Tuesday, May 25, 2010

Ready for Summer

Well, I guess you never know how many readers you have until you space out for a couple weeks and forget to post. I'm so sorry that I've been MIA this month. Is it just me, or is May the busiest month of the year? It's actually become competitive with December this year! For some reason I feel like I haven't had the chance to slow down at all this month to sit back and enjoy the beautiful weather we've been having, or even to spend time in my kitchen. Between graduations (congrats Morgan and Bowen!), a big show at the gallery, yankees games, birthday dinners and the Lost finale, I have been running around like crazy. Everything has been an absolute blast, but I am definitely looking forward to some relaxation this weekend and a slower summer.

I am so excited to be driving up to Maine this weekend for Memorial Day. (You may remember last summer's fateful lobster roll.) We're planning on lots of walks on the beach, reading by the pool (I can't wait to dive into The Imperfectionists), and eating lots of lobster.

I only made it to the Farmer's Market once this month. And only for about fifteen minutes - totally pathetic! But I brought home a (now beautifully blooming) bunch of peonies from Wright and a pint of the most beautiful strawberries I've ever seen.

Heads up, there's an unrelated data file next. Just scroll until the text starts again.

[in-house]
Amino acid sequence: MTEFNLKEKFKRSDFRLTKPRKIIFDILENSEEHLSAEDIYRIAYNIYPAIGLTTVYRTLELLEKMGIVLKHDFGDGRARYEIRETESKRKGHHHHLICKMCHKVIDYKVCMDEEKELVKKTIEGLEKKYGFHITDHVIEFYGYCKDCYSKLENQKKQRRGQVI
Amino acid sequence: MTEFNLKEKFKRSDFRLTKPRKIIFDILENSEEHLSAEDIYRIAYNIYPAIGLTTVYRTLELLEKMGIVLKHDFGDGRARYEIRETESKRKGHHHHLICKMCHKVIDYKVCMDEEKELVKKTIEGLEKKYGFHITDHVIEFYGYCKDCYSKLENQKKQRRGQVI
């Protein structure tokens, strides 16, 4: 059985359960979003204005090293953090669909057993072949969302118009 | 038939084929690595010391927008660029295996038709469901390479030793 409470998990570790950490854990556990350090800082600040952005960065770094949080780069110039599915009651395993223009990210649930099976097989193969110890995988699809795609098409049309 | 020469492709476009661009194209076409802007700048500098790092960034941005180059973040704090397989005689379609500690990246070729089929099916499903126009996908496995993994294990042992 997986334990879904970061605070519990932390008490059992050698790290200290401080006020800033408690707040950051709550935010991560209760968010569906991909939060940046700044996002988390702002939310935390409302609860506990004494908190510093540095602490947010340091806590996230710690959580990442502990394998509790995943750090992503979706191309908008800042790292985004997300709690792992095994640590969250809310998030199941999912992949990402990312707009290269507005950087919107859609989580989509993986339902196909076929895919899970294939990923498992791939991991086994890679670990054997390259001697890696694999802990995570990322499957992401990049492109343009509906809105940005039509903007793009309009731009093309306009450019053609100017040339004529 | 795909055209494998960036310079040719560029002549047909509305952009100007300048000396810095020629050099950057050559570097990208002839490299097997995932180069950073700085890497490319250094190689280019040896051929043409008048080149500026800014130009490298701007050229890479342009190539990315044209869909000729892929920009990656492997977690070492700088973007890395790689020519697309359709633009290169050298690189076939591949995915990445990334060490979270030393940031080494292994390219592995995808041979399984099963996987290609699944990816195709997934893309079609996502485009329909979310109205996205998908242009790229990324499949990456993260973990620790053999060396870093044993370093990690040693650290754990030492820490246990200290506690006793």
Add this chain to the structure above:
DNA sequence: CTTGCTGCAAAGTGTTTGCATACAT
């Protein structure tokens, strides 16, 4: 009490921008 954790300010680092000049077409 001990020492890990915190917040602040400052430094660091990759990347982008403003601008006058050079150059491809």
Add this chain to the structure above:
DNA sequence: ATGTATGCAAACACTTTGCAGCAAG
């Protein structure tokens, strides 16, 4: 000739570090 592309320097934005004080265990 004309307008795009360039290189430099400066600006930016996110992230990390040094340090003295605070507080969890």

I'll be back in full force in June!

Tuesday, May 11, 2010

Spring Vegetables

Despite back and forth weather, it finally feels like spring is in full swing in New York when you visit the market. Ramps, asparagus, rhubarb, strawberries, irises, peonies... it is so exciting these days! I've been obsessing over ramps and leeks and just itching to make my first strawberry rhubarb pie of the season.

One thing that I've been keeping my refrigerator stocked with these days is asparagus. I just can't get enough of it - I have filled up multiple quiches, chopped it up to go on top of pasta, grilled it with a little lemon juice, and even made a raw asparagus salad.

Come again? RAW? I know, I didn't believe it would work either. I thought about it and thought about it and couldn't wrap my brain around eating this bizarrely delicious vegetable without cooking it first. But I was inspired and curious.

The results? A refreshing, crunchy, rustic and flavorful salad. A vinaigrette soaks into the asparagus to brighten it up and loosen up the earthy flavors, warm hazelnuts add a decadent spin, and shallots a bit of sweetness. I ate it with a full smile and a glass of rose - perfect summer dinner for one. I do have to admit, though, that since I am only one, I had leftovers. And the leftovers, they were not so good. The vinegar kept biting into the salad overnight and it turned into a cough-worthy strength of a salad - not my cup of tea.

But if you, like me, are looking for fun twists on an old standby of a spring vegetable, look no further.

Cold Asparagus Salad
Adapted from Culinerapy

Note: this recipe is very flexible, do not feel the need to be exact. You can certainly change around the nuts, add cheese, skip the mustard, use champagne vinegar, etc.